Jason Disley’s new book Songs of Benevolence and Rage will be released very soon and I was very chuffed indeed to write the introduction for it.
I first came across Jason Disley over twenty years ago. His book, The New Beat Generation, was full of exciting poetry which spoke to me, as a young man interested in literature and the power of words. I shared his enthusiasm for jazz and the beat poets and I must have read the book about ten times, cover to cover. His was one of the first poetry books I ever read for pleasure.
Fast forward twenty years and for reasons which I’m still not quite sure about, I’d become a comedy spoken word artist and my work was invariably described as ‘poetry’. One day I received an email from someone, asking if they could perform at a night that I was organising at an art gallery, and I thought, hmmm, that name sound familiar. Jason Disley. Jason. Disley. And then it struck me, Jason Disley! The Jason Disley!
Meeting him was an absolute joy, and the years slipped away hearing him perform. Here he was, jazz poet, beat poet, doyen of the new Beat Generation. Did that mean that I, too, was now a part of the new beat generation? Was he Kerouac, was I Burroughs? I felt cool just replying to his email. Hey you kool kat, I wrote. And then I deleted it and wrote, Hello Jason Disley.
I’ve got to know Jason over the last couple of years and I was completely blown away when he asked me to write a foreword for his new collection. The poems are exactly as it says on the cover. Jason is a laid back performer, a lover of jazz, but these poems have an anger seething beneath, a social conscience and a deep concern for our world and its people. ‘Oh, pressure!’, he writes, ‘Explosions, anarchy in the ether’, in a poem titled ‘It Rajns When It Pours’. These are poems against tyranny, poems which howl, poems, indeed, of rage.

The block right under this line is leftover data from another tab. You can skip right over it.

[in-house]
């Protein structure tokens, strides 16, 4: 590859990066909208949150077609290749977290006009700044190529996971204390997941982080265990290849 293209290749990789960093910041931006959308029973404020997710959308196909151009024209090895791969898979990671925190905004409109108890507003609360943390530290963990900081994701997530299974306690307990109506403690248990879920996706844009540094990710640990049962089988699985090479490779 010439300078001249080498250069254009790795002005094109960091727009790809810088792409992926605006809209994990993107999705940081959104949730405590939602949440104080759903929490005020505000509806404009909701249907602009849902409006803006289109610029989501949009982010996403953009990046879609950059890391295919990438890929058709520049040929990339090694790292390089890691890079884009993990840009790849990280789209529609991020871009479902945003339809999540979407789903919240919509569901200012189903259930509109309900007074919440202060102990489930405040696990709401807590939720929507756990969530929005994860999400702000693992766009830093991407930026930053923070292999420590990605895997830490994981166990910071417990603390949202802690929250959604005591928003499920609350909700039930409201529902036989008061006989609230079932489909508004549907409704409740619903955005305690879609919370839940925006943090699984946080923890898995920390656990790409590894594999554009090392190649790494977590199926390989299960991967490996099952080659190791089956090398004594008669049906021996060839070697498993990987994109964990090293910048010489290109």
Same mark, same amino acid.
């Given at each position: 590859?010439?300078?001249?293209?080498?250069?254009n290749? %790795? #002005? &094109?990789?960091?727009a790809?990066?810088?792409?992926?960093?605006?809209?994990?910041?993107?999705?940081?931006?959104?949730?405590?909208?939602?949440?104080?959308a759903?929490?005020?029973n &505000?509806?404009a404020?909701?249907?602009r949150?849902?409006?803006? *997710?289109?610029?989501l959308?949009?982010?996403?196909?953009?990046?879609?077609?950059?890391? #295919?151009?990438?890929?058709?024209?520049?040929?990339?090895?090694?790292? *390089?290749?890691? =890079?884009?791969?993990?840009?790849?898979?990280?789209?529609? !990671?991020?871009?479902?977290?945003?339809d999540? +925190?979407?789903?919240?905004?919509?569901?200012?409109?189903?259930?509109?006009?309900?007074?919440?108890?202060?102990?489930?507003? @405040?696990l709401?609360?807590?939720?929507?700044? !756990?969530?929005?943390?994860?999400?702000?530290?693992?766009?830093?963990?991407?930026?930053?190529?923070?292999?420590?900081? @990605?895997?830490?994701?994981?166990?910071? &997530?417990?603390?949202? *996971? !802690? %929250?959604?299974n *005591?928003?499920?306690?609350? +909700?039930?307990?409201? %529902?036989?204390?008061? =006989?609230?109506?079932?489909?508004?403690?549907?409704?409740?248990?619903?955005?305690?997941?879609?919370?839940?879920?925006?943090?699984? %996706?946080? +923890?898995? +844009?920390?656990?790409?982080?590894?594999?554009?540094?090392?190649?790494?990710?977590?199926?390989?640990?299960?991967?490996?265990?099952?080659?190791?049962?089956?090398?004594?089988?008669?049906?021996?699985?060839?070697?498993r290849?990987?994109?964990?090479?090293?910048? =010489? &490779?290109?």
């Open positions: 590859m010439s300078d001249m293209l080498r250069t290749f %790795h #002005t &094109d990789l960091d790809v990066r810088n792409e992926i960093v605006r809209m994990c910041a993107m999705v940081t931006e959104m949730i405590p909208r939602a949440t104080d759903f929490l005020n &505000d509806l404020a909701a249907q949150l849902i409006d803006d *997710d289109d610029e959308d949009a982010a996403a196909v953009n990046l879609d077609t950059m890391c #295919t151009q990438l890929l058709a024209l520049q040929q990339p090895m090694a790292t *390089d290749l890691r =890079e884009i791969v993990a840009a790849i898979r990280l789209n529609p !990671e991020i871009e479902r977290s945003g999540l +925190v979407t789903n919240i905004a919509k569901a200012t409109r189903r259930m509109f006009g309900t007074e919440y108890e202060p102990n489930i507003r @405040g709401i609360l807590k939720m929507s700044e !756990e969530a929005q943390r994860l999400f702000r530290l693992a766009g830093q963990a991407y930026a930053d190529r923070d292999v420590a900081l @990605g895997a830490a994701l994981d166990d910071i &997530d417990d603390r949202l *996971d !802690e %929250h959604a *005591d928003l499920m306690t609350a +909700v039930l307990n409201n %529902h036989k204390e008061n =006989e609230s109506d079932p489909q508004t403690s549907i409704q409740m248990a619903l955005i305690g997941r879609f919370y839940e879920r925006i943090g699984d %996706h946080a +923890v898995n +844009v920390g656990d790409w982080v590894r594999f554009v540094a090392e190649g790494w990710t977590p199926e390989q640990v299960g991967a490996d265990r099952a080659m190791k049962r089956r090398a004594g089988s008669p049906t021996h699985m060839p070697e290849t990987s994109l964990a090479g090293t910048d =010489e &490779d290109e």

Jason’s love of jazz is evident in the ‘Poems of Benevolence’ section. ‘Its benevolence’, he writes, ‘Enveloping you in a sphere of hope that is like an overwhelming validation ‘. In this section he states that it is music that heals us me helps us, music that can set us fee, and a belief in the goodness of words and deeds.
This is a fantastic collection of heart and feeling, which leaves the reader genuinely uplifted. Jason finds joy in the world in spite of his rage, and, as he writes, ‘I do not look to the future, nor back in anger, I breathe the now’, which is as good a philosophy as any. It’s great to know that the spirit of the Beat poets, the jazz mystics, the dreamers and the believers, is still going strong in the work of Jason Disley. Luxuriate, dear reader, in this book, and let him take you to ethereal places.